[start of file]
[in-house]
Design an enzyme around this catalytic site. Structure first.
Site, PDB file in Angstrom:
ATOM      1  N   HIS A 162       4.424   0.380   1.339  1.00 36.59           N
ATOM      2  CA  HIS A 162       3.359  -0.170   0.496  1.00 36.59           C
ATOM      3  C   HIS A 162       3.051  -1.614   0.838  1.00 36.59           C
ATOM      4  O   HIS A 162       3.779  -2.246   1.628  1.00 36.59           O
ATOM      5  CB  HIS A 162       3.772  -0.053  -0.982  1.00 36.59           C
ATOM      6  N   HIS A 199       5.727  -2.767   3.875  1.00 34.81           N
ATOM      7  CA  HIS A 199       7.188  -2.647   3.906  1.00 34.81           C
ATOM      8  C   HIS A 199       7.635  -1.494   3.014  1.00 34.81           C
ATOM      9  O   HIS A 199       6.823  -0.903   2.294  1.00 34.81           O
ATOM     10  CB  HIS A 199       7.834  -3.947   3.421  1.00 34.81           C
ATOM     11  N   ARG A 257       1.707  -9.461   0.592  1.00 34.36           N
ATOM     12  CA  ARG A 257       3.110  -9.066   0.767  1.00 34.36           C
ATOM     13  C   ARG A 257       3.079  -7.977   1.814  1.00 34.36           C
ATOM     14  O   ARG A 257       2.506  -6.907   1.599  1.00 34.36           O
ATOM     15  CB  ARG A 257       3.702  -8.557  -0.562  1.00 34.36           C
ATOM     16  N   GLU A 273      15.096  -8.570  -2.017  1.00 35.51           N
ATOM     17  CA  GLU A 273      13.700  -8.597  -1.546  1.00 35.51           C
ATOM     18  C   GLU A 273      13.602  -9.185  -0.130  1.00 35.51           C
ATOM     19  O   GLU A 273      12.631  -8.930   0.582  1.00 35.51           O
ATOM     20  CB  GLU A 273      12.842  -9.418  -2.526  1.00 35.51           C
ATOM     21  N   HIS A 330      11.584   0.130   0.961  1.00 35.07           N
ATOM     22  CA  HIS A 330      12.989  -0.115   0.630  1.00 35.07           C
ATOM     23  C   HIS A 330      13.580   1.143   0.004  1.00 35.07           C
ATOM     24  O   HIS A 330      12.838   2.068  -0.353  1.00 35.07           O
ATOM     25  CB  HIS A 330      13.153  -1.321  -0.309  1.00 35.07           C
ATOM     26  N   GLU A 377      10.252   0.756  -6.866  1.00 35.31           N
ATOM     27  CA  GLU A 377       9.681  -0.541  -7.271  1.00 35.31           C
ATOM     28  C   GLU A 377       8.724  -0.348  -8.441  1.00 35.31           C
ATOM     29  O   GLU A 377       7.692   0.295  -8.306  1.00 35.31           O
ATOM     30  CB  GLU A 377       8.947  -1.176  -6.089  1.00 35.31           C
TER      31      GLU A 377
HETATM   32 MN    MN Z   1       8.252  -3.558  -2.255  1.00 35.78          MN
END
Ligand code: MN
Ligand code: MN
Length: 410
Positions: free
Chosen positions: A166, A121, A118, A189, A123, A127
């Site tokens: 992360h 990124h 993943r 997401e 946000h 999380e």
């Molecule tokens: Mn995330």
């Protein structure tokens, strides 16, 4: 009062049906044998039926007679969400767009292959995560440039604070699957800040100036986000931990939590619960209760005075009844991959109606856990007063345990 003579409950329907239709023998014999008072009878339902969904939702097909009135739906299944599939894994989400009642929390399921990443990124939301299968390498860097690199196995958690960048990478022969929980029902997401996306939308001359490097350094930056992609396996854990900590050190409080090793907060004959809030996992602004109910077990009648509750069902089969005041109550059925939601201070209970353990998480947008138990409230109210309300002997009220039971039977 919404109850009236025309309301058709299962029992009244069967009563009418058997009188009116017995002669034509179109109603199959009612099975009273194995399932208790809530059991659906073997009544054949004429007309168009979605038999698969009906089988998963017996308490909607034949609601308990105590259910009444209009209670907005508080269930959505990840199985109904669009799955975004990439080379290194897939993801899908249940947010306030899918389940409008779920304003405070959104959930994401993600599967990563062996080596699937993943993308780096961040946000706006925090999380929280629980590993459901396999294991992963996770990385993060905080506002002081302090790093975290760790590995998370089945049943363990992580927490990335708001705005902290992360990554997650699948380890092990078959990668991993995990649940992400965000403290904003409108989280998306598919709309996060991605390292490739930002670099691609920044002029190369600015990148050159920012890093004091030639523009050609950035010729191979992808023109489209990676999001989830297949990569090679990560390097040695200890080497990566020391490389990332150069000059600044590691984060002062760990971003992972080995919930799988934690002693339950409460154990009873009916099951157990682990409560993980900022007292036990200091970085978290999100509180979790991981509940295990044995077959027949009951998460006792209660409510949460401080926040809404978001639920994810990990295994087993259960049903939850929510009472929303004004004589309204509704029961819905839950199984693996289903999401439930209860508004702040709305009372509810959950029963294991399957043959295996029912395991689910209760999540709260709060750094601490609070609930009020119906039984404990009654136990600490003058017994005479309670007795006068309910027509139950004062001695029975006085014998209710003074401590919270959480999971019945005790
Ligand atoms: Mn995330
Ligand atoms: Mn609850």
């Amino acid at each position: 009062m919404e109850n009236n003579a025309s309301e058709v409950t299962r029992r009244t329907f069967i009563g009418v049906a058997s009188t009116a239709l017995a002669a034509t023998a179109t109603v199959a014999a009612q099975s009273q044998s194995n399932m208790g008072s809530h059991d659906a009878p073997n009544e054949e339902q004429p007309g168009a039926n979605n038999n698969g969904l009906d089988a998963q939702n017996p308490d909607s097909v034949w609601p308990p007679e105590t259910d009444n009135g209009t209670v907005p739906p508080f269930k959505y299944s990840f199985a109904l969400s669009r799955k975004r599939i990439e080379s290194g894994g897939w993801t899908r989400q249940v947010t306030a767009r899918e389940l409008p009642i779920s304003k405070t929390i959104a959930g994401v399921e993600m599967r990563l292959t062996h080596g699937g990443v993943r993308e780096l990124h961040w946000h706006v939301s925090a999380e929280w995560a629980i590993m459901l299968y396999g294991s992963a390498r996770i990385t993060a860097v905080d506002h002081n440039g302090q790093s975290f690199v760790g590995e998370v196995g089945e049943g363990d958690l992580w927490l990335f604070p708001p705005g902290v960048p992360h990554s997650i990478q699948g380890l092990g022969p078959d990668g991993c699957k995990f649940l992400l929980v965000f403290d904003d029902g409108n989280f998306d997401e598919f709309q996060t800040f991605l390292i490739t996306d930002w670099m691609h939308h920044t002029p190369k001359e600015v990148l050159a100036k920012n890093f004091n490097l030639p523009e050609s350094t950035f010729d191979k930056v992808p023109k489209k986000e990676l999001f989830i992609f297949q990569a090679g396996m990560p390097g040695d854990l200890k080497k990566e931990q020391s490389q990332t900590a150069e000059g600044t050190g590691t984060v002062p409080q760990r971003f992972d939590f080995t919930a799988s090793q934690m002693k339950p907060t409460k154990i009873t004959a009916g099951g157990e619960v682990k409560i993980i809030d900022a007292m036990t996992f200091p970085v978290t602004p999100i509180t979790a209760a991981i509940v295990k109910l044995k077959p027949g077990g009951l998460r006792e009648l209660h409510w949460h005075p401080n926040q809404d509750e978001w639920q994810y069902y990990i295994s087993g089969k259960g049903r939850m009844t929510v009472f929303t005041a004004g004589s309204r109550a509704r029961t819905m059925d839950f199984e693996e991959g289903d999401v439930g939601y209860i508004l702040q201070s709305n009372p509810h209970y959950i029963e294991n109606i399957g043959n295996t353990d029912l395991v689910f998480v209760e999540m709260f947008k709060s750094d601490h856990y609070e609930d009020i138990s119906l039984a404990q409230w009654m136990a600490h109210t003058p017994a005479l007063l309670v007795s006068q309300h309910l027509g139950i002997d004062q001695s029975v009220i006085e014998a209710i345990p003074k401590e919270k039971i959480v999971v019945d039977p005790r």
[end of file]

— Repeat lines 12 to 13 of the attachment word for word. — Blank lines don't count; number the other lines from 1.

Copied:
ATOM      9  O   HIS A 199       6.823  -0.903   2.294  1.00 34.81           O
ATOM     10  CB  HIS A 199       7.834  -3.947   3.421  1.00 34.81           C